Lyme Disease-carrying ticks: 5 things you should know
A suspected diagnosis of Lyme disease in a young girl in Newfoundland and Labrador has opened a discussion about the dangers of the disease and the ticks that carry it.
It's believed the 4-year-old girl from Brigus may have contracted the disease when playing outside. If diagnosed, hers would be the first case of someone in the province being diagnosed with Lyme disease.
- Lyme disease diagnosis in 4-year-old Brigus girl could be 1st in N.L.
- Increased risk of Lyme disease as more ticks move to N.L.
To help shed light on Lyme disease and the ways in which people can contract it, CBC Radio's On The Go caught up with Dr. Hugh Whitney, the province's Chief Veterinary Officer.
Here are five things Newfoundlanders and Labradorians should be aware of when it comes to Lyme disease-carrying ticks.
Ticks attach themselves to birds
Whitney says most of the Lyme disease-infected ticks arrive in this province by attaching to birds and making the trip across the Gulf of Saint Lawrence.
"There's been a risk of Lyme disease in this province for a number of years now," he said.
"We get the ticks arriving here every year on migratory songbirds that spread the disease."
Ticks can take three hosts in a lifespan
Whitney said ticks typically feed on small animals like mice and birds as well as bigger animals like deer. In fact, he said the white-tailed deer is the most common animal found in Canada with tick infestations.
"The tick, which is commonly called the black egged tick or the deer tick, takes three different blood meals in its life," he said.
If a tick were to attached itself to a bird on the mainland and then comes to Newfoundland, it could potentially attach itself to a dog or person for its next meal.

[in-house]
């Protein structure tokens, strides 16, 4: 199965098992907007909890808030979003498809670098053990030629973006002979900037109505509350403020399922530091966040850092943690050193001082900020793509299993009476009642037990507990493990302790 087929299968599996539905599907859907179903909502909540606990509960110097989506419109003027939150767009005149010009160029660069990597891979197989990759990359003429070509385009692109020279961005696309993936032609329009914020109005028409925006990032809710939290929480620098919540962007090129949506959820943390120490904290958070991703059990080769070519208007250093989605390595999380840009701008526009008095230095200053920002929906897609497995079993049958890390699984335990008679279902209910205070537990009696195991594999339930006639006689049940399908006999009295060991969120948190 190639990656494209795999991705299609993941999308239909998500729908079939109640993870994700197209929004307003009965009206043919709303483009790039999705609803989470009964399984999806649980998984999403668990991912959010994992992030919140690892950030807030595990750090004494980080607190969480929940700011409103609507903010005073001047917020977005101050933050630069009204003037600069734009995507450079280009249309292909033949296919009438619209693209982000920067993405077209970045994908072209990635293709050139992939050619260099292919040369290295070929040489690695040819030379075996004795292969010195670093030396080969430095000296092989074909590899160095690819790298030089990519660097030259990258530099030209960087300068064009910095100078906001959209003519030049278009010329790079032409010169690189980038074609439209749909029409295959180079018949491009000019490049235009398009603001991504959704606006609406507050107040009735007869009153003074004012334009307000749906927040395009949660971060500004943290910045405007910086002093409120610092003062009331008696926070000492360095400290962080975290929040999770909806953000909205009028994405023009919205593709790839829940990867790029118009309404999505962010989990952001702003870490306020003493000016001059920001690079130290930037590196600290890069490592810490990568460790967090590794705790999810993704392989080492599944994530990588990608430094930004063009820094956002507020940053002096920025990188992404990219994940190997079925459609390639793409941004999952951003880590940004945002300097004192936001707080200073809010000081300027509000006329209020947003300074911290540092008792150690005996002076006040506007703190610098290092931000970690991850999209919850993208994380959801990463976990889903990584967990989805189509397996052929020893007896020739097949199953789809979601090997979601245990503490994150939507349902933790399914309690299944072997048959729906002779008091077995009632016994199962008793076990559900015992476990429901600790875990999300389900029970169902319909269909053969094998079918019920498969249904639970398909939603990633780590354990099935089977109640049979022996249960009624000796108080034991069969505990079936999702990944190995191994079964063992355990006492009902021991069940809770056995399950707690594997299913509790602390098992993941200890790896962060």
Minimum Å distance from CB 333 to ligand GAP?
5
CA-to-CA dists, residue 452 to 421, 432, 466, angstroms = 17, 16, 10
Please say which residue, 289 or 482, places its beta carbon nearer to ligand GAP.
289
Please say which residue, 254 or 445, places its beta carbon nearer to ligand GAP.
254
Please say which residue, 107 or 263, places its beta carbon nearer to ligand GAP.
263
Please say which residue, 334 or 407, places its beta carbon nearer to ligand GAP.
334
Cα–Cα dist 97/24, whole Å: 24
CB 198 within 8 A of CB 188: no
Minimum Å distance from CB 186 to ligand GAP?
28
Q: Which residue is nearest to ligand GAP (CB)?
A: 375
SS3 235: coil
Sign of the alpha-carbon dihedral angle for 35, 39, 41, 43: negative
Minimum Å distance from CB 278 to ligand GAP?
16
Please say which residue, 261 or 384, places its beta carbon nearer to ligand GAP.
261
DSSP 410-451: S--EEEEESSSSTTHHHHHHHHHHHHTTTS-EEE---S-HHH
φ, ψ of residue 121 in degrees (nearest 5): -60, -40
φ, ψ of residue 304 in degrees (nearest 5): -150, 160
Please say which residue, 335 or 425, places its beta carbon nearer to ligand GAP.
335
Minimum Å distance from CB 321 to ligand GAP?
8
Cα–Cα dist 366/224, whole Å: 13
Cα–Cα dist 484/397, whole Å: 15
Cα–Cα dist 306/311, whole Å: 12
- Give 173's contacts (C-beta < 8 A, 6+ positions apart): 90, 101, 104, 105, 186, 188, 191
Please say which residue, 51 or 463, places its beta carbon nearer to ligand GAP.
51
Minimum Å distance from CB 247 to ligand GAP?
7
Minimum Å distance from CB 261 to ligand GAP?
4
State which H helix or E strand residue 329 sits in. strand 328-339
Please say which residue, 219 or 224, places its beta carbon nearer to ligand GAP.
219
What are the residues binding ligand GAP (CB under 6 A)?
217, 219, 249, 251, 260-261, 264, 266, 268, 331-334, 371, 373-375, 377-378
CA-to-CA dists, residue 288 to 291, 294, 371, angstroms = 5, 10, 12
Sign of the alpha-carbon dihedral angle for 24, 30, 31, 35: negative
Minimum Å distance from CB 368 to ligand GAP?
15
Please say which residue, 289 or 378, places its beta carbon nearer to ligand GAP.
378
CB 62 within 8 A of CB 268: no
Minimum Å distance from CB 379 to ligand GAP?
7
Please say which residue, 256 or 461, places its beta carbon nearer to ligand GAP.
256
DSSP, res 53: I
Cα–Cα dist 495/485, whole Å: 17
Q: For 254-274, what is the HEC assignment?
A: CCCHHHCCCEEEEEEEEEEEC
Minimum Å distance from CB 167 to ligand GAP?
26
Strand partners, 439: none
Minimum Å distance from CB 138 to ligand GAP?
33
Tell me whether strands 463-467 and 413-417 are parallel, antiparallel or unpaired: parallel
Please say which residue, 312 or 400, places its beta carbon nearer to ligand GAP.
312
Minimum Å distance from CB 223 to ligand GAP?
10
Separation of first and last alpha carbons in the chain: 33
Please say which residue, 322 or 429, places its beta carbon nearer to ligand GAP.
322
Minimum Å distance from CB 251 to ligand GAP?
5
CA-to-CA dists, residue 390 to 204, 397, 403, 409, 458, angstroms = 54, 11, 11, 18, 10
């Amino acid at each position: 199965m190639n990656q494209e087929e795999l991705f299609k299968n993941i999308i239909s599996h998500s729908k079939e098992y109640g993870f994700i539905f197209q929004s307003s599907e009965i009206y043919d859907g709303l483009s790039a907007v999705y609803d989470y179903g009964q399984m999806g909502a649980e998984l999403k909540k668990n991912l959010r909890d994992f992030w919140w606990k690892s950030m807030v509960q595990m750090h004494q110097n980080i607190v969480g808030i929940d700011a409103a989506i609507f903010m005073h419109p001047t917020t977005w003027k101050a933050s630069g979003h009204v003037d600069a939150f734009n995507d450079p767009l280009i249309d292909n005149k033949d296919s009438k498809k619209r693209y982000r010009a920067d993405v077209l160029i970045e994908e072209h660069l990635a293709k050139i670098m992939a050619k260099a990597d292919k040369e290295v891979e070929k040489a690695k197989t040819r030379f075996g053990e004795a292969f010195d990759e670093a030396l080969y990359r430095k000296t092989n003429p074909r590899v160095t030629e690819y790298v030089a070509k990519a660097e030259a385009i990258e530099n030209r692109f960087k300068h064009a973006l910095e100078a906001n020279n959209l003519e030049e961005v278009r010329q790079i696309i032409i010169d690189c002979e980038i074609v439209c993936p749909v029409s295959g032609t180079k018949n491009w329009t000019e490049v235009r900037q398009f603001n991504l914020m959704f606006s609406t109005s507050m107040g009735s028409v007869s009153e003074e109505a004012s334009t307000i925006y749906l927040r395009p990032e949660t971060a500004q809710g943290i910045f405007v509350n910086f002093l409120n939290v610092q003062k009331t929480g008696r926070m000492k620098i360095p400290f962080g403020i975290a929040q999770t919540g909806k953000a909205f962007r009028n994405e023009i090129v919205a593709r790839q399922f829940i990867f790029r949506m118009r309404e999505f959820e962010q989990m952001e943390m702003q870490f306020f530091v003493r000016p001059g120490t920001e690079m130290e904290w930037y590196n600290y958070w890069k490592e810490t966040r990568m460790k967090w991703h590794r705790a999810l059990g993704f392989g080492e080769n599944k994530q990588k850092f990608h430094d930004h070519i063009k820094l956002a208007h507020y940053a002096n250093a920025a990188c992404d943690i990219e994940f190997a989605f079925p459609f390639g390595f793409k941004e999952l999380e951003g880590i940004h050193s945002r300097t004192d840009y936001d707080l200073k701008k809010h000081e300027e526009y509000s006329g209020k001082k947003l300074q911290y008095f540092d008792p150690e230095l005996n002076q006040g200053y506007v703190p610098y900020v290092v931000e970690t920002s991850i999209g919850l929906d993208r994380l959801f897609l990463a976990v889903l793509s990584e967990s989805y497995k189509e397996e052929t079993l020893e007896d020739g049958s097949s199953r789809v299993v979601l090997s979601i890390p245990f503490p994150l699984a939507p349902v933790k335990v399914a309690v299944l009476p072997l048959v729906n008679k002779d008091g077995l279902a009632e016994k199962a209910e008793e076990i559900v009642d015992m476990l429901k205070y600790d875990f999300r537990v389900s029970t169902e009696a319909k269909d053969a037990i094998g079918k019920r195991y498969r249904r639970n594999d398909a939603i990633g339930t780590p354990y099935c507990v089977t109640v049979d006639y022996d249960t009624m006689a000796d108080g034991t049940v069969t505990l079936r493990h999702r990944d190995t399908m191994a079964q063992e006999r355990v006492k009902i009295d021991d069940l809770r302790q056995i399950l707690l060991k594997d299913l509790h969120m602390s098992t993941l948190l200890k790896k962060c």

Diseased ticks on the rise
While reports of blacklegged ticks vary across the country, Whitney said officials have found that numbers are on the rise.
"In earlier years in Nova Scotia and New Brunswick it was closer to 10 per cent and now it's more around 20 per cent, and I think that's a phenomenon that's seen elsewhere in Canada," he said.
"There are permanent populations which now exist in New Brunswick and Nova Scotia — they have it permanently there.The closer that front gets to you it seems the higher the percentage you get that actually has the bacteria."
Newfoundland at lowest risk
Whitney said his office submits rough 30 to 40 ticks from the province every year for testing, and only about 20 per cent of them are found to have Lyme disease.
While most ticks are found on dogs, he said he occasionally sees cases of ticks on people as well.
"Of all the provinces in Canada this province has the lowest risk," he said.
"But it's not zero risk, so that possibility has happened."
How to detect and prevent disease
Whitney said most people or animals get ticks on their body when walking through long grass or bushes.
He said one thing people need to be aware of is that it takes 36 hours for a tick to transfer the disease to the person or animal it has attached itself.
Therefore, he said, people should be vigilant as the insects can be extremely small and hard to see.
"Ticks can be very tiny and there's three stages; larvae, nymph and adult," he said.
"The nymph can be as small as a sesame seed, so people should cover their legs and do a tick check when you get home."